What: All Issues : Aid to Less Advantaged People, at Home & Abroad : (H.R. 4872) On a motion to table (kill) an amendment that would have provided that soldiers, veterans, and their families would not be subject to a fine if their benefits do not meet the health care legislation’s criteria for "essential benefits" coverage (2010 senate Roll Call 83)
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(H.R. 4872) On a motion to table (kill) an amendment that would have provided that soldiers, veterans, and their families would not be subject to a fine if their benefits do not meet the health care legislation’s criteria for "essential benefits" coverage
senate Roll Call 83     Mar 24, 2010
Progressive Position:
Yea
Progressive Result:
Win

This was ostensibly a vote on a motion to table (kill) an amendment by Sen. Richard Burr (R-NC) providing that soldiers, veterans, and their families would not be subject to a fine if their benefits do not meet the criteria for "essential benefits" coverage. (Under the health care reform legislation already signed into law by President Obama, individuals are required to have insurance plans that guarantee “essential” health benefits.  These benefits include preventive care, hospital services, and prescription drugs. Individuals who do not obtain such insurance plans could be subject to a fine.) The measure Burr sought to amend was a “companion bill” making a number of changes to health care reform legislation already signed into law by President Obama. The underlying context was that Republicans were trying to attach amendments to the companion bill in order to send it back the House, where it had passed by a narrow margin. CNN reported that Republicans had chosen to offer a slew of amendments in order to “undermine the measure,” while the Associated Press characterized the amendments as “a final drive to thwart President Barack Obama's health care remake.”Burr argued his amendment would shield veterans and their families from fines imposed by health care reform legislation: "What this amendment simply does is set the minimum essential coverage as met on these programs, so the veterans' families, the children of veterans, are not at risk of determining that their insurance does not meet the minimum essential coverage, therefore, exposing them to fines."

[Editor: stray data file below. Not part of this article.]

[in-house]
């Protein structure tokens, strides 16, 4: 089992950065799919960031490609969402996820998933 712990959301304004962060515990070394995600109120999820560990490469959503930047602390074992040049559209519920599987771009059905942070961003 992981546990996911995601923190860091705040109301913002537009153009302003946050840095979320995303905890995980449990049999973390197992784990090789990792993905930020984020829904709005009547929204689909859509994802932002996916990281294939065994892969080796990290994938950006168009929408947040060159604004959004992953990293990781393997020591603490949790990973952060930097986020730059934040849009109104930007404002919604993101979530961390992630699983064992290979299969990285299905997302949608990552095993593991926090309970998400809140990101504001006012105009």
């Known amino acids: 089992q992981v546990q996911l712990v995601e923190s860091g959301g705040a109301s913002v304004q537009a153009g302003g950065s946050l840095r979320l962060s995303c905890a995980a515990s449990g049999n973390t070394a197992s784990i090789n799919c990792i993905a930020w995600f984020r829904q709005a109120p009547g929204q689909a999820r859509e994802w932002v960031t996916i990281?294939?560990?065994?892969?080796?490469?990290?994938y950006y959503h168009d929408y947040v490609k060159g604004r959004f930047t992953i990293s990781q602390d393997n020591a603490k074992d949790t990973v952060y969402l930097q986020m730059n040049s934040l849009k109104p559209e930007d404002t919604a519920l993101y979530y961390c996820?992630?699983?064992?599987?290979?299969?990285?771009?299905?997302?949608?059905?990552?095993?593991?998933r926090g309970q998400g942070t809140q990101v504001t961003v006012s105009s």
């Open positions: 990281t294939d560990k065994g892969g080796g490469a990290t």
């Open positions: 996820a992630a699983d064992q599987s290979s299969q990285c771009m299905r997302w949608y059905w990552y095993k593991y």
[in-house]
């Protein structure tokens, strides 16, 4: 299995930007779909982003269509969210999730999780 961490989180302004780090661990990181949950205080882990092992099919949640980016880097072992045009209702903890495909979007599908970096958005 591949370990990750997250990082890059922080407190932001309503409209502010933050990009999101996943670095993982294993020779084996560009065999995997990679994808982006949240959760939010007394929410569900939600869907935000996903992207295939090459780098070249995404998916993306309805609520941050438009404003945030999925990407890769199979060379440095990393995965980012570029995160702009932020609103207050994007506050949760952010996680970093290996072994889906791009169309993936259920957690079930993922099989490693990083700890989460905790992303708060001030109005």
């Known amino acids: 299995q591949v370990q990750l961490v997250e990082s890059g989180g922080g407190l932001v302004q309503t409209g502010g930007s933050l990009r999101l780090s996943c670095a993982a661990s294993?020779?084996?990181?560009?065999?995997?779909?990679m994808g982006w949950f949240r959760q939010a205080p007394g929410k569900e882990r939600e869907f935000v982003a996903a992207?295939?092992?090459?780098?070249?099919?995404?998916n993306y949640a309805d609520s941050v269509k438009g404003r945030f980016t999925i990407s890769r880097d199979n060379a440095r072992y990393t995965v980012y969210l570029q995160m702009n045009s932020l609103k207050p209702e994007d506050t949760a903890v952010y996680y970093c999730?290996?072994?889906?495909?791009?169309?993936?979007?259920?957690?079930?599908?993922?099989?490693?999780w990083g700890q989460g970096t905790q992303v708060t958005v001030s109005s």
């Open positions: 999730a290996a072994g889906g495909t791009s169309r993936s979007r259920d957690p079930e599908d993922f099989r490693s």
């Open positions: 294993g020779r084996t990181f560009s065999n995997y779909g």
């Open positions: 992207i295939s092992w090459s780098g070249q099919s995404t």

Sen. Jim Webb (D-VA) argued that the goals of Burr's amendment could easily be accomplished in a separate piece of legislation, and need not jeopardize enactment of health care reform legislation. Webb said: "…If we want to fix this problem, we can fix it right now and we should fix it right now….We should not allow things to be tied up in the separate melodrama of the moment….Let the American people understand, the Republicans objected to a matter that could have been fixed by law tomorrow." Sen. Daniel Akaka (D-HI) made a motion to table (kill) the amendment.

After the House and Senate both passed their respective health care reform bills, the two chambers had intended to reconcile those two bills into a final package. After the House and Senate passed that final package, it would have been sent to President Obama, who would have signed it into law. Sen. Scott Brown (R-MA), however, won a special election to replace the late Sen. Ted Kennedy (D-MA) before the final health care bill could be brought up for a vote. Brown's victory gave Republicans 41 votes in the Senate, leaving Democrats with 59 members – one vote short of the 60 votes they needed to defeat a unanimous Republican filibuster against the final health care bill. 

In order to pass comprehensive health care legislation without a 60-vote majority in the Senate, Democratic leaders devised a plan in which the House would pass the Senate health care bill (H.R. 3590), thereby enabling the president to sign it into law. The House would then pass a separate companion bill (H.R. 4872) to make changes to the Senate health measure under a process known as "budget reconciliation." Bills considered under budget reconciliation cannot be filibustered under Senate rules. This process allowed the House to make changes to Senate-passed health care legislation without sending the entire health bill back to the Senate, where it could have been filibustered indefinitely.   The companion bill incorporated changes to the Senate health care legislation desired by House Democrats. The House passed the companion measure, and sent it to the Senate, where Democratic leaders hoped to defeat all amendments -- thereby avoiding a second vote in the House on a substantively changed bill; a vote that Democrats might have lost given the already tight margin when it was voted on the previous week.

The Senate tabled (killed) the amendment by a vote of 54-44. 54 Democrats voted "yea." All 40 Republicans present and 4 Democrats voted "nay." As a result, the Senate rejected an amendment Democratic leaders feared could have torpedoed the entire companion health care bill and would have provided that soldiers, veterans, and their families would not be subject to a fine if their benefits do not meet the criteria for "essential benefits" coverage.

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